We have gathered some common questions and answers below. If there are uncovered questions, please feel free to reach out to us. Vindral is massively extensible, configurable and has been adapter to work in several different verticals all across the globe.  


Adaptive Bitrate, or ABR, is important in use cases where video quality matters. ABR is a mechanism that enables the client (video player) to upgrade or downgrade to a different bitrate/quality (rendition) based on the performance of the player. For example, if a viewer struggles playing back a stream at 3Mbit/s, the Vindral player automatically downgrades that viewer to a lower bitrate. Competitors: In most HLS setups, ABR is enabled by default. In VOD-scenarios, ABR is not that big of a challenge as ABR only means that the VOD-files should be available at different bitrates. However, in live streaming, ABR is much more challenging as the transcoding into different bitrates has to happen realtime. As a built-in core feature of Vindral, around 99% of our customers run ABR for their streams.

It may be crucial to your success or completely irrelevant – the truth is that its significance varies depending on the use case. Video-based communication over the internet constitutes a typical example where latency needs to be as close to zero as possible, which is why solutions such as Zoom or Microsoft Meetings use the real-time-based protocol WebRTC.

However, reducing latency to the absolute minimum means that video quality will be sacrificed at some point as viewers watch from widely spread-out geographical locations or when networks start to fluctuate. On the contrary, in case your streamed content does not require exceedingly fast end-to-end delivery, nor the playout to be synchronized among all viewers, HLS is a solid option as it maintains a stable high-quality playout.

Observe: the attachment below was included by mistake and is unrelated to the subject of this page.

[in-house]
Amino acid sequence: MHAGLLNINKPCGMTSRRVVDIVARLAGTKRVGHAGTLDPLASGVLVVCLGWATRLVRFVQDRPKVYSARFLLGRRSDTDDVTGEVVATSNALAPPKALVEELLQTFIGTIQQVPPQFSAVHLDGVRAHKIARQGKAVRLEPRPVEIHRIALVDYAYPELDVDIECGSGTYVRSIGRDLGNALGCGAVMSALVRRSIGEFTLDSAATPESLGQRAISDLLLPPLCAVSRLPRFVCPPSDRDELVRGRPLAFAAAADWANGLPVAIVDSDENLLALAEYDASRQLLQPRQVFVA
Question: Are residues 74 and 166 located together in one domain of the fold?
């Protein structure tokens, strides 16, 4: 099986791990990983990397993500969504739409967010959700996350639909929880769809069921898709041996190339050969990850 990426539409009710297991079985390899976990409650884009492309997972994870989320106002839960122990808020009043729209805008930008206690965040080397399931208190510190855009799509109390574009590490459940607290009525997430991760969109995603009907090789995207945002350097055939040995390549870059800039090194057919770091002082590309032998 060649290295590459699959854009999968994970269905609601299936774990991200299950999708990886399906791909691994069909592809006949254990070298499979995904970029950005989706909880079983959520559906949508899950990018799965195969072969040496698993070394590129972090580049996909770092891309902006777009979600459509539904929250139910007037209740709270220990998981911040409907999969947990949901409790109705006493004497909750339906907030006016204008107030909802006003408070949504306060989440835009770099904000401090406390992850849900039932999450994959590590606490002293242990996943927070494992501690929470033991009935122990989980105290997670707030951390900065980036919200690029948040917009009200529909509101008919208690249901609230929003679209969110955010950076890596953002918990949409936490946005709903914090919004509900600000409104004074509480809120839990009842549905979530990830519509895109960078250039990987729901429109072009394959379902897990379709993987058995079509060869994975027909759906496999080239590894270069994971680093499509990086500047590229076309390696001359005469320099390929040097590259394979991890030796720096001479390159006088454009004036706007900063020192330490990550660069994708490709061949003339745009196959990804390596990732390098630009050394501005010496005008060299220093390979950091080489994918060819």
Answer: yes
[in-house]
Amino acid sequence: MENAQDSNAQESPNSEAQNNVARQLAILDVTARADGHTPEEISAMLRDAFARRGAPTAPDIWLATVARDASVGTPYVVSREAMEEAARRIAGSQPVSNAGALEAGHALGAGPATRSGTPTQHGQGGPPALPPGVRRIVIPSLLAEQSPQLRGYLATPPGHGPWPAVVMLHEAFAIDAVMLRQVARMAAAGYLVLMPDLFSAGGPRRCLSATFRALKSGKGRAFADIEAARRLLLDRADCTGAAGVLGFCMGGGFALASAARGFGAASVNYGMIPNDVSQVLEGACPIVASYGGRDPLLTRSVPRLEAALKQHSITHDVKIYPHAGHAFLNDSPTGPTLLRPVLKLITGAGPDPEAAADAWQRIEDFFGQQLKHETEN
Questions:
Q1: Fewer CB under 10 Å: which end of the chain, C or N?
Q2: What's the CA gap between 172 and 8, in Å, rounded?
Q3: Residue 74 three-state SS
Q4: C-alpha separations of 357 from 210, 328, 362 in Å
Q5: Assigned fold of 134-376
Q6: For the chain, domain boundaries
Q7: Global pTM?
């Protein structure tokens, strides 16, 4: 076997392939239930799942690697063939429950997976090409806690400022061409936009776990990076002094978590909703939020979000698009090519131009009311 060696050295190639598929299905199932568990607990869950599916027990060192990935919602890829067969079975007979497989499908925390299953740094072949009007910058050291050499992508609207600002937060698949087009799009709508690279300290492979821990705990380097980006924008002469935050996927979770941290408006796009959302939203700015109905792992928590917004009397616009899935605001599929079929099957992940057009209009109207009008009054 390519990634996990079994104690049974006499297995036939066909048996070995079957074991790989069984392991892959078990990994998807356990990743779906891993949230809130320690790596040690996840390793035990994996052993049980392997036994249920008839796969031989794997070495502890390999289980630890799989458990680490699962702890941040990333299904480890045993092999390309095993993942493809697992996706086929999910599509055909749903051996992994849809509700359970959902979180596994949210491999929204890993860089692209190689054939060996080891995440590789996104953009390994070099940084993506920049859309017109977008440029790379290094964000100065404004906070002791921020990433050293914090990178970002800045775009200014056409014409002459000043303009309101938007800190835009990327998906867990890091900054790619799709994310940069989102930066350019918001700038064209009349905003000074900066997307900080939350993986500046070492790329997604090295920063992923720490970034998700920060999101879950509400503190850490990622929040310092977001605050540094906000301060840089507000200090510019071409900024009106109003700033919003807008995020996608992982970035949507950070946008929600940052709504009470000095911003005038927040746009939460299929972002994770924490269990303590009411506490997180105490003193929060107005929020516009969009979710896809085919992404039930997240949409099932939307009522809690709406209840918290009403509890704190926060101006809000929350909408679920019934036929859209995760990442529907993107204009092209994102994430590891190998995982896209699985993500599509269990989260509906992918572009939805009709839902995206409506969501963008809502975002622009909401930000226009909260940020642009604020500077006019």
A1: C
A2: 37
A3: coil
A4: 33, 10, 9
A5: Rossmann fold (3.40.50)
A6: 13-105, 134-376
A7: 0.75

A high level of interactivity together with ultra-low latency and high quality constitute the typical requirements for the Vindral use cases. We serve clients from online auctions, online seminars, iGaming, and horse racing, among others – all verticals where ultra-low latency must be guaranteed together with high quality and synchronization, even as networks fluctuate.

Vindral puts you in charge of the latency by featuring a configurable client buffer. Set one latency for all viewers or have different configurations for different regions; even dynamic settings are available for especially challenging regions. Most of our clients reside around one second of latency.

Basically, if you need your viewers to share the same experience exactly at the same time no matter what device they’re using, you need a solution that supports synchronized playout. While real-time solutions such as WebRTC support this feature, traditional HLS, as well as LL-HLS Chunked CMAF, fall short in this regard. To test synchronization, visit Vindral.com/testing.

In simple terms, higher latencies translate into greater margins, as it’s easier to maintain a high-quality playout, even as networks fluctuate. Correspondingly, solutions that provide real-time latencies, i.e., faster delivery, are less resistant to network fluctuations, making them more vulnerable.